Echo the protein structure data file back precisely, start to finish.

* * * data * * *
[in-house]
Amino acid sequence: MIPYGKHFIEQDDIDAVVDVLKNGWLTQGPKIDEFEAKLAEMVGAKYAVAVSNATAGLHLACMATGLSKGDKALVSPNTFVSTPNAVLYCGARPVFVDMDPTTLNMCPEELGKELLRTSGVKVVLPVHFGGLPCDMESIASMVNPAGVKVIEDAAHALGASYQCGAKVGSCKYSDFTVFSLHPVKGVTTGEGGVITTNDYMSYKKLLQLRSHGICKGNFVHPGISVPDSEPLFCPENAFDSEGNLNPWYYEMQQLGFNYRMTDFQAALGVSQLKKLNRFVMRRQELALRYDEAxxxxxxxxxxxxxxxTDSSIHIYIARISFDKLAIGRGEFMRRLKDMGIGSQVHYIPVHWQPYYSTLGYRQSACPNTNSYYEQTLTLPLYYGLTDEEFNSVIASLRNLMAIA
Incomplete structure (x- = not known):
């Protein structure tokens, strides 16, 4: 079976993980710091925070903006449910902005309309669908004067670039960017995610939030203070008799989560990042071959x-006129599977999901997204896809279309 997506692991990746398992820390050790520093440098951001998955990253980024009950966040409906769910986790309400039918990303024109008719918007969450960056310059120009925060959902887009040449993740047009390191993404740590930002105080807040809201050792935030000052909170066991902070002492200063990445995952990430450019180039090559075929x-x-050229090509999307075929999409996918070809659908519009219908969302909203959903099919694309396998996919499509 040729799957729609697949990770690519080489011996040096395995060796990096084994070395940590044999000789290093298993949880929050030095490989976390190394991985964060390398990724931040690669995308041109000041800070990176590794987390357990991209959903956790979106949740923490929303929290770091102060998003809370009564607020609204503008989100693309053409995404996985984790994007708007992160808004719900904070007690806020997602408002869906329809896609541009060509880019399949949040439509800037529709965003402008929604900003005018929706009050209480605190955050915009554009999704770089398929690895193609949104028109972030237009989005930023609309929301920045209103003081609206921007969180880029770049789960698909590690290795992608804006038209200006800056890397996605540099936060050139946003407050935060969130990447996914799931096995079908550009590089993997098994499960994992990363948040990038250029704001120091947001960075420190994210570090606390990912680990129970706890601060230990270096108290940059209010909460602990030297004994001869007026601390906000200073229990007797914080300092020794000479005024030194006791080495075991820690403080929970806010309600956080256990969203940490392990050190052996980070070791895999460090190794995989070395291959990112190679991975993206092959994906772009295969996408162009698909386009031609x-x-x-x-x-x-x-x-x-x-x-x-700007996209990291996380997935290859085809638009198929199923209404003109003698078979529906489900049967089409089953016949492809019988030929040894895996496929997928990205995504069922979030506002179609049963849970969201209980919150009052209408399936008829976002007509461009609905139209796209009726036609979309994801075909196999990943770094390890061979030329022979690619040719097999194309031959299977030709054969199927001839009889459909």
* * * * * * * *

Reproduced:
[in-house]
Amino acid sequence: MIPYGKHFIEQDDIDAVVDVLKNGWLTQGPKIDEFEAKLAEMVGAKYAVAVSNATAGLHLACMATGLSKGDKALVSPNTFVSTPNAVLYCGARPVFVDMDPTTLNMCPEELGKELLRTSGVKVVLPVHFGGLPCDMESIASMVNPAGVKVIEDAAHALGASYQCGAKVGSCKYSDFTVFSLHPVKGVTTGEGGVITTNDYMSYKKLLQLRSHGICKGNFVHPGISVPDSEPLFCPENAFDSEGNLNPWYYEMQQLGFNYRMTDFQAALGVSQLKKLNRFVMRRQELALRYDEAxxxxxxxxxxxxxxxTDSSIHIYIARISFDKLAIGRGEFMRRLKDMGIGSQVHYIPVHWQPYYSTLGYRQSACPNTNSYYEQTLTLPLYYGLTDEEFNSVIASLRNLMAIA
Incomplete structure (x- = not known):
């Protein structure tokens, strides 16, 4: 079976993980710091925070903006449910902005309309669908004067670039960017995610939030203070008799989560990042071959x-006129599977999901997204896809279309 997506692991990746398992820390050790520093440098951001998955990253980024009950966040409906769910986790309400039918990303024109008719918007969450960056310059120009925060959902887009040449993740047009390191993404740590930002105080807040809201050792935030000052909170066991902070002492200063990445995952990430450019180039090559075929x-x-050229090509999307075929999409996918070809659908519009219908969302909203959903099919694309396998996919499509 040729799957729609697949990770690519080489011996040096395995060796990096084994070395940590044999000789290093298993949880929050030095490989976390190394991985964060390398990724931040690669995308041109000041800070990176590794987390357990991209959903956790979106949740923490929303929290770091102060998003809370009564607020609204503008989100693309053409995404996985984790994007708007992160808004719900904070007690806020997602408002869906329809896609541009060509880019399949949040439509800037529709965003402008929604900003005018929706009050209480605190955050915009554009999704770089398929690895193609949104028109972030237009989005930023609309929301920045209103003081609206921007969180880029770049789960698909590690290795992608804006038209200006800056890397996605540099936060050139946003407050935060969130990447996914799931096995079908550009590089993997098994499960994992990363948040990038250029704001120091947001960075420190994210570090606390990912680990129970706890601060230990270096108290940059209010909460602990030297004994001869007026601390906000200073229990007797914080300092020794000479005024030194006791080495075991820690403080929970806010309600956080256990969203940490392990050190052996980070070791895999460090190794995989070395291959990112190679991975993206092959994906772009295969996408162009698909386009031609x-x-x-x-x-x-x-x-x-x-x-x-700007996209990291996380997935290859085809638009198929199923209404003109003698078979529906489900049967089409089953016949492809019988030929040894895996496929997928990205995504069922979030506002179609049963849970969201209980919150009052209408399936008829976002007509461009609905139209796209009726036609979309994801075909196999990943770094390890061979030329022979690619040719097999194309031959299977030709054969199927001839009889459909």